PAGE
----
Developers see opportunities and profits as rising rents, low interest rates fuel residential construction rush in Boston
The region’s economy may remain a bit sluggish, but you would never know it from talking to housing developers in Boston: Five of them will go before city officials tonight for approval to build residential towers that combined would add more than 1,400 units.
The projects are the latest wave of luxury residential development to sweep through Boston, with 5,000 units of housing proposed or starting construction since the beginning of the year.
Investors in multifamily housing developments are taking advantage of a fortuitous turn of events: rising rents, low vacancy rates, and interest rates below 4 percent - a combination that translates to unusually hefty profits.
“There has never been a better time in the last 40 years to develop a multifamily project in Boston,’’ said George Fantini, chairman of the mortgage banking firm Fantini & Gorga. “The capital markets are awash in interest for this type of development.’’
Fantini said investor returns on rental housing projects in Boston are now promising about 5.5 percent, compared with between 3 and 4.5 percent over the past several decades.
The five proposed projects on deck tonight before Boston officials include: a 404-unit apartment tower on Stuart Street; a 318-unit high-rise at Copley Place in the Back Bay; 240 units along the Rose Fitzgerald Kennedy Greenway in Chinatown; a 236-unit tower in the Seaport District; and another 210 apartments on Boylston Street in the Fenway. The Copley project, by Simon Property Group of Indianapolis, is the only one that is exclusively condominiums, although the developer has previously suggested it could become apartments.
Mayor Thomas M. Menino and other city officials said they are receiving proposals for new housing projects every day. “I have investors coming to me and saying, ‘What opportunities do you have? How can we be involved?’ ’’ Menino said. “I haven’t seen that in a while.’’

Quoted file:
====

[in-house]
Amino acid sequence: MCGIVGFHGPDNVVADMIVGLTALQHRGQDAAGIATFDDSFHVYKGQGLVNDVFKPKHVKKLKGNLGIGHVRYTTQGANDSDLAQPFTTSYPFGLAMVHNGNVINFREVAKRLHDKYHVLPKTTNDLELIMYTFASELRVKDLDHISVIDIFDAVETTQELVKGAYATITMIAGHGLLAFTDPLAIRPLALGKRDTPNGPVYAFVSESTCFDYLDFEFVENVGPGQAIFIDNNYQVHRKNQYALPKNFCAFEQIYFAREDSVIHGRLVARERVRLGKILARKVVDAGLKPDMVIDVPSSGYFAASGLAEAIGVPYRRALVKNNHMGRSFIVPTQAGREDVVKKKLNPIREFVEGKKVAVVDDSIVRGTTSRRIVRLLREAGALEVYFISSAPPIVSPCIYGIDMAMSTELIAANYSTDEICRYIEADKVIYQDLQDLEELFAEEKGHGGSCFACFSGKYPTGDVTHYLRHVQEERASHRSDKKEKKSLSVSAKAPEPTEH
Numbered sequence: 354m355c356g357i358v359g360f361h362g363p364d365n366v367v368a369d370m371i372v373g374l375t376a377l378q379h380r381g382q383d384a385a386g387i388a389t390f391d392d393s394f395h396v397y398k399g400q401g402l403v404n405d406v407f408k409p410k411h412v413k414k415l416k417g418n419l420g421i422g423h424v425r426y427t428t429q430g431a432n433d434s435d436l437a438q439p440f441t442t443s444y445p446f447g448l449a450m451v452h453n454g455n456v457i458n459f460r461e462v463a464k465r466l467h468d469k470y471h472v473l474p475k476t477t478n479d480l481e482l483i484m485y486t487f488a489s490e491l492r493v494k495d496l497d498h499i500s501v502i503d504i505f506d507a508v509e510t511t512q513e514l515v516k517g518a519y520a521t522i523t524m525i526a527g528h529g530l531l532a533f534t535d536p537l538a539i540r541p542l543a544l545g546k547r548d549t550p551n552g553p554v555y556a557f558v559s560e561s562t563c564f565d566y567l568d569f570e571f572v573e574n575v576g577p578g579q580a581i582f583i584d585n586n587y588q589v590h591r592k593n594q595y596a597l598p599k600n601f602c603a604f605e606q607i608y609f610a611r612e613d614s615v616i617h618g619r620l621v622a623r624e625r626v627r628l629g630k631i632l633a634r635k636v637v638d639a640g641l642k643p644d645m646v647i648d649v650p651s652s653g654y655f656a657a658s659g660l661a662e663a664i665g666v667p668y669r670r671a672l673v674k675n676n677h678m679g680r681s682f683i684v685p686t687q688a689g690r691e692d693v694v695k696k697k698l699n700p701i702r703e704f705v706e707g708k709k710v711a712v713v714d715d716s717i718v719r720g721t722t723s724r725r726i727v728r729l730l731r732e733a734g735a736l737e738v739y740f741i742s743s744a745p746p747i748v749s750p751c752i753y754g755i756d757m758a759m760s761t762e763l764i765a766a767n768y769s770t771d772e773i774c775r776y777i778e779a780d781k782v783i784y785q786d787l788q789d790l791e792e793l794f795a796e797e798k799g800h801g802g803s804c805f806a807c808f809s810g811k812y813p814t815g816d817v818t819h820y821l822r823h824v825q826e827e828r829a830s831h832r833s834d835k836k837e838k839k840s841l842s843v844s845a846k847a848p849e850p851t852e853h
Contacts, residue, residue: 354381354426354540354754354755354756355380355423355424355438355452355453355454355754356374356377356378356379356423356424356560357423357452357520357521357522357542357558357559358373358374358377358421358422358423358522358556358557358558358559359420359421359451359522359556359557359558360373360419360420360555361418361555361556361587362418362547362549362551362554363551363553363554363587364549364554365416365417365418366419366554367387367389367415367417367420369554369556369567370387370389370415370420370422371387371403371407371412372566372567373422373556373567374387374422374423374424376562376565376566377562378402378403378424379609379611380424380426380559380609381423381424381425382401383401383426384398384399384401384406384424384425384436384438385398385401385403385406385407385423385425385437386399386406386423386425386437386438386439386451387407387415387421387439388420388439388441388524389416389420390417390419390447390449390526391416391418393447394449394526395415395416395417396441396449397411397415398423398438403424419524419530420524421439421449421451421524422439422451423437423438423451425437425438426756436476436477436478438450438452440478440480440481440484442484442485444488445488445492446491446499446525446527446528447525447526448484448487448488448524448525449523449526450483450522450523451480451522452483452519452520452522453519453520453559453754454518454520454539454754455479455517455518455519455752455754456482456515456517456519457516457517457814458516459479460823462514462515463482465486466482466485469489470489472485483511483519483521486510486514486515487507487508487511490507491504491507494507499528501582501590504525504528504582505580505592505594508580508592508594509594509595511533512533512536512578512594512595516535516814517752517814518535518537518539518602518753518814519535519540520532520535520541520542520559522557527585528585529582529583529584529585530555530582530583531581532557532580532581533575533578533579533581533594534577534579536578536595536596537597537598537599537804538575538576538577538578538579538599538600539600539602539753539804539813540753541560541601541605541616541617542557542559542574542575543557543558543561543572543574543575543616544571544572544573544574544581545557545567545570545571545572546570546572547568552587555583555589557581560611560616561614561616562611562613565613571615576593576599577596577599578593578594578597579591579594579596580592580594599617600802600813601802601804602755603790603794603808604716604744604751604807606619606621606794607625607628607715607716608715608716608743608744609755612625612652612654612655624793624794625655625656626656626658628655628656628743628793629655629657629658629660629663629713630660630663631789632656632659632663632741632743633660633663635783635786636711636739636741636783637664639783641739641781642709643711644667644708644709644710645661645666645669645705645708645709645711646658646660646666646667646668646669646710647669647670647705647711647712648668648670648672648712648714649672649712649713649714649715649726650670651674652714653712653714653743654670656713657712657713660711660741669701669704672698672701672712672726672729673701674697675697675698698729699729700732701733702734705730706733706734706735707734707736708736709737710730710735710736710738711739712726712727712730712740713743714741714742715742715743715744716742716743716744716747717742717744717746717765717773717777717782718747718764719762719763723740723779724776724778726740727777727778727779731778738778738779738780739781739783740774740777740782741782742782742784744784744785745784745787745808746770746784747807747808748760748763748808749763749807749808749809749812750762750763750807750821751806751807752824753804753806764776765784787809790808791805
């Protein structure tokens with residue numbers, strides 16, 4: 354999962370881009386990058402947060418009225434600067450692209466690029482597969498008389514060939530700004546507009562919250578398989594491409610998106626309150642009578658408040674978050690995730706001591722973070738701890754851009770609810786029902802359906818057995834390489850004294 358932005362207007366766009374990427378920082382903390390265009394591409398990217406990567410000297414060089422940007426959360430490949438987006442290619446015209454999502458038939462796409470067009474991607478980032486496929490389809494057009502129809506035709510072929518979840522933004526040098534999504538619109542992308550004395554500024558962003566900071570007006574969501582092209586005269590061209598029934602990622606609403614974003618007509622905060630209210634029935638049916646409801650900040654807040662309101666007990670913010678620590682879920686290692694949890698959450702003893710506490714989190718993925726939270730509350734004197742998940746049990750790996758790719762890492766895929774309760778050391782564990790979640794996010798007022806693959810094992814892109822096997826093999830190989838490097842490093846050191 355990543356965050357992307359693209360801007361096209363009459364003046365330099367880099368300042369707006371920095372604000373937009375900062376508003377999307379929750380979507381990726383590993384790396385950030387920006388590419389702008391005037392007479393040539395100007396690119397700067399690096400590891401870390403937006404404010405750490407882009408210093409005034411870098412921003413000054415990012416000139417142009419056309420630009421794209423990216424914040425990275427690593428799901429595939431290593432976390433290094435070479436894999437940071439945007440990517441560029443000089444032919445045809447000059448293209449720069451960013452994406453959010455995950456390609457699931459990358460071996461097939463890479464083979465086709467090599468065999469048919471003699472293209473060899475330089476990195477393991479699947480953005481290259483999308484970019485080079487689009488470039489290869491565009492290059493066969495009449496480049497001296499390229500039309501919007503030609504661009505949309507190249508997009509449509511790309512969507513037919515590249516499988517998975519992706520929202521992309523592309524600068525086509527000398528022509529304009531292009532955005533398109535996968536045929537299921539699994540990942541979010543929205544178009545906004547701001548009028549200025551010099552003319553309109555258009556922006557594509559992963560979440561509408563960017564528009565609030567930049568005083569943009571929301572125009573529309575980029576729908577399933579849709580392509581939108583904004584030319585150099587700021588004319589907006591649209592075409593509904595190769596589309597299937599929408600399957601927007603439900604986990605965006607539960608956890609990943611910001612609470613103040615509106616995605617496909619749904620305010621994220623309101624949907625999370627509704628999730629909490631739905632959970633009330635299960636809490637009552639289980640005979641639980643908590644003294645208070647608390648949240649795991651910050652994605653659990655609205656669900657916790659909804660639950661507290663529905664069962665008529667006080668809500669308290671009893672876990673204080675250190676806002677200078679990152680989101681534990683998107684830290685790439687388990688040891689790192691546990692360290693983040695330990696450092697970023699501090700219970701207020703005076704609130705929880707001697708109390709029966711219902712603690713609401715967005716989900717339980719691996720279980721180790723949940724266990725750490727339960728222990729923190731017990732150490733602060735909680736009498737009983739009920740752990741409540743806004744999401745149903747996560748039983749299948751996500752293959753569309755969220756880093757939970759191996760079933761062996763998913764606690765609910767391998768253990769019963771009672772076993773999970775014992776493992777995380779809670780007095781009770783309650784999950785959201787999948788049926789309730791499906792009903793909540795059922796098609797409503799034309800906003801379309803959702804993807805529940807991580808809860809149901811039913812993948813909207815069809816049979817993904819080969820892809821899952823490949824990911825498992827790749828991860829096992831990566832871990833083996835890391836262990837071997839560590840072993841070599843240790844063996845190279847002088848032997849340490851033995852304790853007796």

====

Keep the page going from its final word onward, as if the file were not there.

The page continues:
Many of the projects will result in new and updated public spaces, and several stores and restaurants, adding vibrancy to Boston streets. Some face a degree of neighborhood opposition - the Copley project, for example, has drawn concerns about traffic and shadows cast on nearby Copley Square, among other issues.
But what they all illustrate is that their developers - and the lenders and equity investors behind them - see an unusual opportunity for profit in an otherwise dour commercial real estate market.
An executive with the real estate research firm Reis Inc. said apartment projects are drawing far more investment than developments in the retail and office sectors, where rent growth remains sluggish. “Given the strength of apartment fundamentals, we believe construction will begin to accelerate in the near future,’’ Brad Doremus, an analyst with Reis, wrote in an e-mail. Nationally, the firm predicts apartment builders in major cities will churn out 89,000 new units next year, more than double the 38,000 units anticipated in the current year.
The firm said Boston has one of the lowest apartment vacancy rates in the nation, at 4.2 percent, while rents here have continued to rise, jumping 5.5 percent since the first quarter of 2010.
In addition to the projects up for approval tonight, developers are already building large apartment complexes in several neighborhoods. AvalonBay Communities Inc., which is seeking approval for the 404-unit Stuart Street project, is under construction on a 187-unit apartment building on Exeter Street; Simpson Housing is building 286 apartments across from the TD Garden; and a pair of developers are combining to build more than 550 units in Downtown Crossing.
David Kirk, founder of the real estate consulting firm Kirk & Co., said it is hard to gauge whether the rush of apartment building could lead to an oversupply. Inevitably, he said, some of the projects under consideration right now will fail to get built due to delays, political snags, or other issues.
He said Boston is a particularly attractive market for apartments because of its bustling neighborhoods and high concentration of skilled workers who want to live in the city. “Boston is better poised for this activity than just about any other city you can think of,’’ Kirk said.
Casey Ross can be reached at firstname.lastname@example.org.